Bread & Butter: Northwest Credit Unions Spreading Small-Business Financing Around Region
Efforts by Northwest credit unions to increase their member business lending have proven fruitful as the region’s not-for-profit small-business financiers outpace growth by traditional sources.
August 16, 2012
Three years into a concerted effort to increase member business lending (MBL), Northwest credit unions have outpaced credit unions’ national growth in small-business financing by 3 percent.
From March 2011 to March 2012, Oregon and Washington credit unions increased the value of business lending by 9 percent to $2.498 billion—$.957 billion in Oregon and $1.54 billion in Washington. Nationally, credit unions increased their member business lending by 6 percent to more than $41 billion in the same 12-month period. This growth has come despite increasing regulatory pressure and attacks by banks demonizing the not-for-profit financial sector’s efforts to lift the cap that currently limits credit unions’ MBL portfolios to 12.25 percent of assets.
With the anticipation rising for the release of 2012’s second-quarter data that will likely show MBLs as the fastest-growing segment of credit union loan portfolios nationally, the industry remains steadfast in pursuing its all-in legislative push to lift the cap from 12.25 to 27.5 percent of assets.
“Northwest credit unions anticipated the increased regional need for business lending in 2009 and stepped up to the regulatory requirements through education and expertise to guarantee that this type of lending is done in a safe and sound manner that is also friendly small-business-owning members,” said Northwest Credit Union Association (NWCUA) CEO John Annaloro. “When Congress finds the courage to bring this issue of lifting the MBL cap to a vote and it passes, Northwest credit unions will be in position to inject capital into a floundering economy whose small-business engine has sputtered at the closed hand of traditional sources of financing.”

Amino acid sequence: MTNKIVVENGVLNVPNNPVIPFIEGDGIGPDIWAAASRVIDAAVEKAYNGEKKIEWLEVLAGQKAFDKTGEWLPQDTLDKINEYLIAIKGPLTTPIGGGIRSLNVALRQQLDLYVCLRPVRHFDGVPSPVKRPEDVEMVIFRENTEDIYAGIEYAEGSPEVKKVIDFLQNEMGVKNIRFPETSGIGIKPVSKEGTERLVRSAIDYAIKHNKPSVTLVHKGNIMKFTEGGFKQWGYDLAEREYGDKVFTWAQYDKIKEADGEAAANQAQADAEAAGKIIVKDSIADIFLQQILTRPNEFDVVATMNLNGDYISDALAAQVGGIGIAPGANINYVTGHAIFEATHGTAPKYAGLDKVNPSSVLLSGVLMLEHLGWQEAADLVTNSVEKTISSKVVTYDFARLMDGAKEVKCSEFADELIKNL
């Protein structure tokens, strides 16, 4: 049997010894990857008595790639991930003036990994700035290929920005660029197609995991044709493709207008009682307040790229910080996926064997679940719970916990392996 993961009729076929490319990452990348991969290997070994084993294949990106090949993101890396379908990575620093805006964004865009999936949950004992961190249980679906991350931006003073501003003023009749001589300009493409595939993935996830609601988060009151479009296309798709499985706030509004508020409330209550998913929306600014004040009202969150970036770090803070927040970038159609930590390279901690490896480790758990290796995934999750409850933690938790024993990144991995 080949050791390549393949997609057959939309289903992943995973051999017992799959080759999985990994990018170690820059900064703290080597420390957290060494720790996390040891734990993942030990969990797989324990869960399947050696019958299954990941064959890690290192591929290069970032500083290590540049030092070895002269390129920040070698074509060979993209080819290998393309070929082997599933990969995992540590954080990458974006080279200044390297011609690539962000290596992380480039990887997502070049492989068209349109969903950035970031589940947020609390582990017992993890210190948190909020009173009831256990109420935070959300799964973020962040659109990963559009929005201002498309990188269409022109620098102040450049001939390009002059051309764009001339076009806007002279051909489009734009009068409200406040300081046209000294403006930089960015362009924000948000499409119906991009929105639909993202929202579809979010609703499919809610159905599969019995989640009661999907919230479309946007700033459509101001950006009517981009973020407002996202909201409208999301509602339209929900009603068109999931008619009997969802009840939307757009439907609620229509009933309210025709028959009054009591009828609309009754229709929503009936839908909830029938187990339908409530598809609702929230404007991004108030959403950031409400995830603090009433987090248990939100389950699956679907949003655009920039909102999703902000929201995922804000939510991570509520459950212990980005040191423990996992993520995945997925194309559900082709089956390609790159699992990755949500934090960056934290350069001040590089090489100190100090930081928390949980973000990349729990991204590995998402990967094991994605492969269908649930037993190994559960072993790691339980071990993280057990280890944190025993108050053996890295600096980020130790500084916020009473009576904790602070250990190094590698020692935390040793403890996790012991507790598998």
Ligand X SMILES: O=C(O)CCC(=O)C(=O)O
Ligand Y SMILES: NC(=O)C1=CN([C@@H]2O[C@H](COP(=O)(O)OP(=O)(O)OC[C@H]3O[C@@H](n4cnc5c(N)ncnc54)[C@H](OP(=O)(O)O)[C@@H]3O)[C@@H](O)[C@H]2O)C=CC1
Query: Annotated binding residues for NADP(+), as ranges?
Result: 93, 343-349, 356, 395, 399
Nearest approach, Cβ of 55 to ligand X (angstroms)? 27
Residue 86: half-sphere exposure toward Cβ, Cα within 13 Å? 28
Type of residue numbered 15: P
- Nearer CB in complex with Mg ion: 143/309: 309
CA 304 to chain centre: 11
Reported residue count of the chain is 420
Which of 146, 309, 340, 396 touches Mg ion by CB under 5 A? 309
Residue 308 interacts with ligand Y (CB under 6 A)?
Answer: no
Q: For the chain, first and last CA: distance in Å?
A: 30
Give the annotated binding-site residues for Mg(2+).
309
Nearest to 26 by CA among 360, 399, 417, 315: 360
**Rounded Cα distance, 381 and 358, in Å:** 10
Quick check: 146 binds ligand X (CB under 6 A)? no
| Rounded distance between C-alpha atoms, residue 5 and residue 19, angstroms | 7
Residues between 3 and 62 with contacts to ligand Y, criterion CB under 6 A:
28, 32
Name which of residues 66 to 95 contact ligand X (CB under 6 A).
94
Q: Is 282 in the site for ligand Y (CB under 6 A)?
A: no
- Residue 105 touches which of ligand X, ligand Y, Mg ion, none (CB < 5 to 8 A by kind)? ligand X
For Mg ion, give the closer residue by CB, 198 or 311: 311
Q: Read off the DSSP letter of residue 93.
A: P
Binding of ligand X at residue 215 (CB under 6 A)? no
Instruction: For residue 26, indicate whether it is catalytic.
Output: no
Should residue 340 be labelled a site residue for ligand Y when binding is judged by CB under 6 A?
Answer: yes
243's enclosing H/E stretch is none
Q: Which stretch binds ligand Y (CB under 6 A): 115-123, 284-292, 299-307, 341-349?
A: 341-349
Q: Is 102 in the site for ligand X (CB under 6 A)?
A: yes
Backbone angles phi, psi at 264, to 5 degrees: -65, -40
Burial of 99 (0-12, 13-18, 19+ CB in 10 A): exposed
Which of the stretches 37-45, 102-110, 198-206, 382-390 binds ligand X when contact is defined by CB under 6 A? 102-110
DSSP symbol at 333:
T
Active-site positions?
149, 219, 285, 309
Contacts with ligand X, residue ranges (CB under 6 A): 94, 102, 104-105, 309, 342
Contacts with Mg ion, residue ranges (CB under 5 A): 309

During the 12-month period from March 2011 to March 2012, according to the Federal Deposit Insurance Corporation (FDIC), community bank business lending decreased by 4 percent as credit union MBLs rose by 6 percent, highlighting a stark difference in addressing the Great Recession and the need for small-business financing.
According to estimates from the Credit Union National Association (CUNA), removing the cap will produce an additional $14 billion in new MBLs and 154,000 jobs nationwide in the first 12 months. In the Northwest, that amounts to more than $868 million and 9,400 jobs.
The average size of a credit union business loan is in the Northwest is $264,000, although MBLs as small as $5,000 or less are available at the 99 Oregon and Washington credit unions that have MBL programs.
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